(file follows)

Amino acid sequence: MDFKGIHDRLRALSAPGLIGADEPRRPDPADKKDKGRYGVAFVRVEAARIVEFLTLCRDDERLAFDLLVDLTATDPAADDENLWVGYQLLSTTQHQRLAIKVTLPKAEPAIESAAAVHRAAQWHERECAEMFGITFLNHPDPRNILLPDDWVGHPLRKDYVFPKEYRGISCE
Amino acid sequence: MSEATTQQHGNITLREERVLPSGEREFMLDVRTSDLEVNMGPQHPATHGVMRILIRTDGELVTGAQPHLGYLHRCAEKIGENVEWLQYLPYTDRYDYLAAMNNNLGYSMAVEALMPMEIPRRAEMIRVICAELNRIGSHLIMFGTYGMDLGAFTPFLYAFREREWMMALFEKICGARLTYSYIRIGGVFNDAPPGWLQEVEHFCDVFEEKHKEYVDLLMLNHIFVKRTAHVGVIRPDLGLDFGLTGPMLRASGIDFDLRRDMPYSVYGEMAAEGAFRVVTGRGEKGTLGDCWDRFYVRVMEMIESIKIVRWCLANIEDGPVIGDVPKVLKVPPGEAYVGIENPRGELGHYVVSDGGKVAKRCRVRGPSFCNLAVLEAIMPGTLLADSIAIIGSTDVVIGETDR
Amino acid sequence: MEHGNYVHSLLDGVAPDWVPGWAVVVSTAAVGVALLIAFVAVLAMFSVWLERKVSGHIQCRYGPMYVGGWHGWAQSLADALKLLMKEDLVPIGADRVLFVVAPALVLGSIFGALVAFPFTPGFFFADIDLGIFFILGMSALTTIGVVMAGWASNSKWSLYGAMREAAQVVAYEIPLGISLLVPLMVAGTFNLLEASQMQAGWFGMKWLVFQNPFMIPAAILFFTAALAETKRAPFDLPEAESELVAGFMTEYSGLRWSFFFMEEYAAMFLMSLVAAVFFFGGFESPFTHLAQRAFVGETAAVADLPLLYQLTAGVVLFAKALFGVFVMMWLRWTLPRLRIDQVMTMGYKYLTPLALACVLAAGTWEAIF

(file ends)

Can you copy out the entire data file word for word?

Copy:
Amino acid sequence: MDFKGIHDRLRALSAPGLIGADEPRRPDPADKKDKGRYGVAFVRVEAARIVEFLTLCRDDERLAFDLLVDLTATDPAADDENLWVGYQLLSTTQHQRLAIKVTLPKAEPAIESAAAVHRAAQWHERECAEMFGITFLNHPDPRNILLPDDWVGHPLRKDYVFPKEYRGISCE
Amino acid sequence: MSEATTQQHGNITLREERVLPSGEREFMLDVRTSDLEVNMGPQHPATHGVMRILIRTDGELVTGAQPHLGYLHRCAEKIGENVEWLQYLPYTDRYDYLAAMNNNLGYSMAVEALMPMEIPRRAEMIRVICAELNRIGSHLIMFGTYGMDLGAFTPFLYAFREREWMMALFEKICGARLTYSYIRIGGVFNDAPPGWLQEVEHFCDVFEEKHKEYVDLLMLNHIFVKRTAHVGVIRPDLGLDFGLTGPMLRASGIDFDLRRDMPYSVYGEMAAEGAFRVVTGRGEKGTLGDCWDRFYVRVMEMIESIKIVRWCLANIEDGPVIGDVPKVLKVPPGEAYVGIENPRGELGHYVVSDGGKVAKRCRVRGPSFCNLAVLEAIMPGTLLADSIAIIGSTDVVIGETDR
Amino acid sequence: MEHGNYVHSLLDGVAPDWVPGWAVVVSTAAVGVALLIAFVAVLAMFSVWLERKVSGHIQCRYGPMYVGGWHGWAQSLADALKLLMKEDLVPIGADRVLFVVAPALVLGSIFGALVAFPFTPGFFFADIDLGIFFILGMSALTTIGVVMAGWASNSKWSLYGAMREAAQVVAYEIPLGISLLVPLMVAGTFNLLEASQMQAGWFGMKWLVFQNPFMIPAAILFFTAALAETKRAPFDLPEAESELVAGFMTEYSGLRWSFFFMEEYAAMFLMSLVAAVFFFGGFESPFTHLAQRAFVGETAAVADLPLLYQLTAGVVLFAKALFGVFVMMWLRWTLPRLRIDQVMTMGYKYLTPLALACVLAAGTWEAIF